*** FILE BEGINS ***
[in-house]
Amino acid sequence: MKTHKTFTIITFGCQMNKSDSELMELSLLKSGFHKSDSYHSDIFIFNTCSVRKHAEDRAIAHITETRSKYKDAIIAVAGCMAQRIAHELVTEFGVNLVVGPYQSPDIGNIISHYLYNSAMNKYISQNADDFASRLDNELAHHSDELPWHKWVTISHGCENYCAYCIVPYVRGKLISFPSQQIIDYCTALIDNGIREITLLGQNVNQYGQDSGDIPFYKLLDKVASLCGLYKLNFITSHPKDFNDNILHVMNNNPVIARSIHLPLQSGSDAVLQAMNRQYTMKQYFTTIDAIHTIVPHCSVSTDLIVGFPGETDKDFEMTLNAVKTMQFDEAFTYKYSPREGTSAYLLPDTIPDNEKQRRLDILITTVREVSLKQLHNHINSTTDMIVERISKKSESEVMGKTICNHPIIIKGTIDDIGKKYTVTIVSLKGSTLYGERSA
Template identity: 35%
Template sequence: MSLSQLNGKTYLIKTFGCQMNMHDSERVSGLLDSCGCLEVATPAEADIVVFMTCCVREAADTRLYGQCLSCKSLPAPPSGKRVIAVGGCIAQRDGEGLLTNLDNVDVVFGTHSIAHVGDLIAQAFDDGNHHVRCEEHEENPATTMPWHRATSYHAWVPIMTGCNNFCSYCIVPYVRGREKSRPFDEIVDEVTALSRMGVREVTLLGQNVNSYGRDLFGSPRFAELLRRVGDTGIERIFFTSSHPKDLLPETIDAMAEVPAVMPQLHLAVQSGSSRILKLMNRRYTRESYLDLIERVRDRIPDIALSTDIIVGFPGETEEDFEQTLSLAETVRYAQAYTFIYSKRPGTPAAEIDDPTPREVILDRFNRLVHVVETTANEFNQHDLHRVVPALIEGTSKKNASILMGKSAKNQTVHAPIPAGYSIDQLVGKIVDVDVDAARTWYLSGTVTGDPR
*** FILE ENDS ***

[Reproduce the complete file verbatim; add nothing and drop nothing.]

[in-house]
Amino acid sequence: MKTHKTFTIITFGCQMNKSDSELMELSLLKSGFHKSDSYHSDIFIFNTCSVRKHAEDRAIAHITETRSKYKDAIIAVAGCMAQRIAHELVTEFGVNLVVGPYQSPDIGNIISHYLYNSAMNKYISQNADDFASRLDNELAHHSDELPWHKWVTISHGCENYCAYCIVPYVRGKLISFPSQQIIDYCTALIDNGIREITLLGQNVNQYGQDSGDIPFYKLLDKVASLCGLYKLNFITSHPKDFNDNILHVMNNNPVIARSIHLPLQSGSDAVLQAMNRQYTMKQYFTTIDAIHTIVPHCSVSTDLIVGFPGETDKDFEMTLNAVKTMQFDEAFTYKYSPREGTSAYLLPDTIPDNEKQRRLDILITTVREVSLKQLHNHINSTTDMIVERISKKSESEVMGKTICNHPIIIKGTIDDIGKKYTVTIVSLKGSTLYGERSA
Template identity: 35%
Template sequence: MSLSQLNGKTYLIKTFGCQMNMHDSERVSGLLDSCGCLEVATPAEADIVVFMTCCVREAADTRLYGQCLSCKSLPAPPSGKRVIAVGGCIAQRDGEGLLTNLDNVDVVFGTHSIAHVGDLIAQAFDDGNHHVRCEEHEENPATTMPWHRATSYHAWVPIMTGCNNFCSYCIVPYVRGREKSRPFDEIVDEVTALSRMGVREVTLLGQNVNSYGRDLFGSPRFAELLRRVGDTGIERIFFTSSHPKDLLPETIDAMAEVPAVMPQLHLAVQSGSSRILKLMNRRYTRESYLDLIERVRDRIPDIALSTDIIVGFPGETEEDFEQTLSLAETVRYAQAYTFIYSKRPGTPAAEIDDPTPREVILDRFNRLVHVVETTANEFNQHDLHRVVPALIEGTSKKNASILMGKSAKNQTVHAPIPAGYSIDQLVGKIVDVDVDAARTWYLSGTVTGDPR